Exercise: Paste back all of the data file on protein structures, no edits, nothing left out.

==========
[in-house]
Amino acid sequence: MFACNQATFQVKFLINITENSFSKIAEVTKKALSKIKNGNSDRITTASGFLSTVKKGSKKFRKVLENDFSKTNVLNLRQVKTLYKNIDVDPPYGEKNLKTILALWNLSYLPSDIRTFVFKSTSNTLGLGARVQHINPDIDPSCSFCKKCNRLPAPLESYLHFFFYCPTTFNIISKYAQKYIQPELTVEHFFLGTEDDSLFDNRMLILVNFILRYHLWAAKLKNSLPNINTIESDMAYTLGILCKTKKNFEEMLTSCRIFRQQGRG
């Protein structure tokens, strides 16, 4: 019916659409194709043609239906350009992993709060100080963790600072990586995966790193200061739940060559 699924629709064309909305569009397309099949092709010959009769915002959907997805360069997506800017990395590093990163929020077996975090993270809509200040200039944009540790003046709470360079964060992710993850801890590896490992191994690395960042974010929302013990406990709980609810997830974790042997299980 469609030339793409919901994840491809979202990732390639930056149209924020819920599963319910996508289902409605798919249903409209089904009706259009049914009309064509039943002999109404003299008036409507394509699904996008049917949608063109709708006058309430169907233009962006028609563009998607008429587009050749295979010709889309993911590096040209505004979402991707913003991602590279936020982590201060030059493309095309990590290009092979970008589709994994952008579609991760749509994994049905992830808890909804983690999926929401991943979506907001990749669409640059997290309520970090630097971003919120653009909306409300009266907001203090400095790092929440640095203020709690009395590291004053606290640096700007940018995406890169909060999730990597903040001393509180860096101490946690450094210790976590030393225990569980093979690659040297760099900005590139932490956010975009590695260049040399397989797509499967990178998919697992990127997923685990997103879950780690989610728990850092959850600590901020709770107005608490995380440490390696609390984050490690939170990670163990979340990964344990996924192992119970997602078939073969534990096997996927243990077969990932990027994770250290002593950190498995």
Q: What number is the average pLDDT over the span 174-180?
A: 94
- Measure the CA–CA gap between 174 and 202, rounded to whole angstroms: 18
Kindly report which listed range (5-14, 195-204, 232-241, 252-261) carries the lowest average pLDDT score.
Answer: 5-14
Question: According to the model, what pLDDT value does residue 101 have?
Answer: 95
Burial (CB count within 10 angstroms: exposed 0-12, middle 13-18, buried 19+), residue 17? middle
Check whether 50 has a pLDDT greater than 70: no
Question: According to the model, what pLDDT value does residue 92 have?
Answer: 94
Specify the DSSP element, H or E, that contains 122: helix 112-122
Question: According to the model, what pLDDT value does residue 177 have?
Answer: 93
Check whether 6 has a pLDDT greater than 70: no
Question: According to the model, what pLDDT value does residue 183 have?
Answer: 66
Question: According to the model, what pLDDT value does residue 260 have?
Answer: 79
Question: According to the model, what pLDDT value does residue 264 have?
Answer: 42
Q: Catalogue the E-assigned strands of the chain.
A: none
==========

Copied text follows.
[in-house]
Amino acid sequence: MFACNQATFQVKFLINITENSFSKIAEVTKKALSKIKNGNSDRITTASGFLSTVKKGSKKFRKVLENDFSKTNVLNLRQVKTLYKNIDVDPPYGEKNLKTILALWNLSYLPSDIRTFVFKSTSNTLGLGARVQHINPDIDPSCSFCKKCNRLPAPLESYLHFFFYCPTTFNIISKYAQKYIQPELTVEHFFLGTEDDSLFDNRMLILVNFILRYHLWAAKLKNSLPNINTIESDMAYTLGILCKTKKNFEEMLTSCRIFRQQGRG
């Protein structure tokens, strides 16, 4: 019916659409194709043609239906350009992993709060100080963790600072990586995966790193200061739940060559 699924629709064309909305569009397309099949092709010959009769915002959907997805360069997506800017990395590093990163929020077996975090993270809509200040200039944009540790003046709470360079964060992710993850801890590896490992191994690395960042974010929302013990406990709980609810997830974790042997299980 469609030339793409919901994840491809979202990732390639930056149209924020819920599963319910996508289902409605798919249903409209089904009706259009049914009309064509039943002999109404003299008036409507394509699904996008049917949608063109709708006058309430169907233009962006028609563009998607008429587009050749295979010709889309993911590096040209505004979402991707913003991602590279936020982590201060030059493309095309990590290009092979970008589709994994952008579609991760749509994994049905992830808890909804983690999926929401991943979506907001990749669409640059997290309520970090630097971003919120653009909306409300009266907001203090400095790092929440640095203020709690009395590291004053606290640096700007940018995406890169909060999730990597903040001393509180860096101490946690450094210790976590030393225990569980093979690659040297760099900005590139932490956010975009590695260049040399397989797509499967990178998919697992990127997923685990997103879950780690989610728990850092959850600590901020709770107005608490995380440490390696609390984050490690939170990670163990979340990964344990996924192992119970997602078939073969534990096997996927243990077969990932990027994770250290002593950190498995």
Q: What number is the average pLDDT over the span 174-180?
A: 94
- Measure the CA–CA gap between 174 and 202, rounded to whole angstroms: 18
Kindly report which listed range (5-14, 195-204, 232-241, 252-261) carries the lowest average pLDDT score.
Answer: 5-14
Question: According to the model, what pLDDT value does residue 101 have?
Answer: 95
Burial (CB count within 10 angstroms: exposed 0-12, middle 13-18, buried 19+), residue 17? middle
Check whether 50 has a pLDDT greater than 70: no
Question: According to the model, what pLDDT value does residue 92 have?
Answer: 94
Specify the DSSP element, H or E, that contains 122: helix 112-122
Question: According to the model, what pLDDT value does residue 177 have?
Answer: 93
Check whether 6 has a pLDDT greater than 70: no
Question: According to the model, what pLDDT value does residue 183 have?
Answer: 66
Question: According to the model, what pLDDT value does residue 260 have?
Answer: 79
Question: According to the model, what pLDDT value does residue 264 have?
Answer: 42
Q: Catalogue the E-assigned strands of the chain.
A: none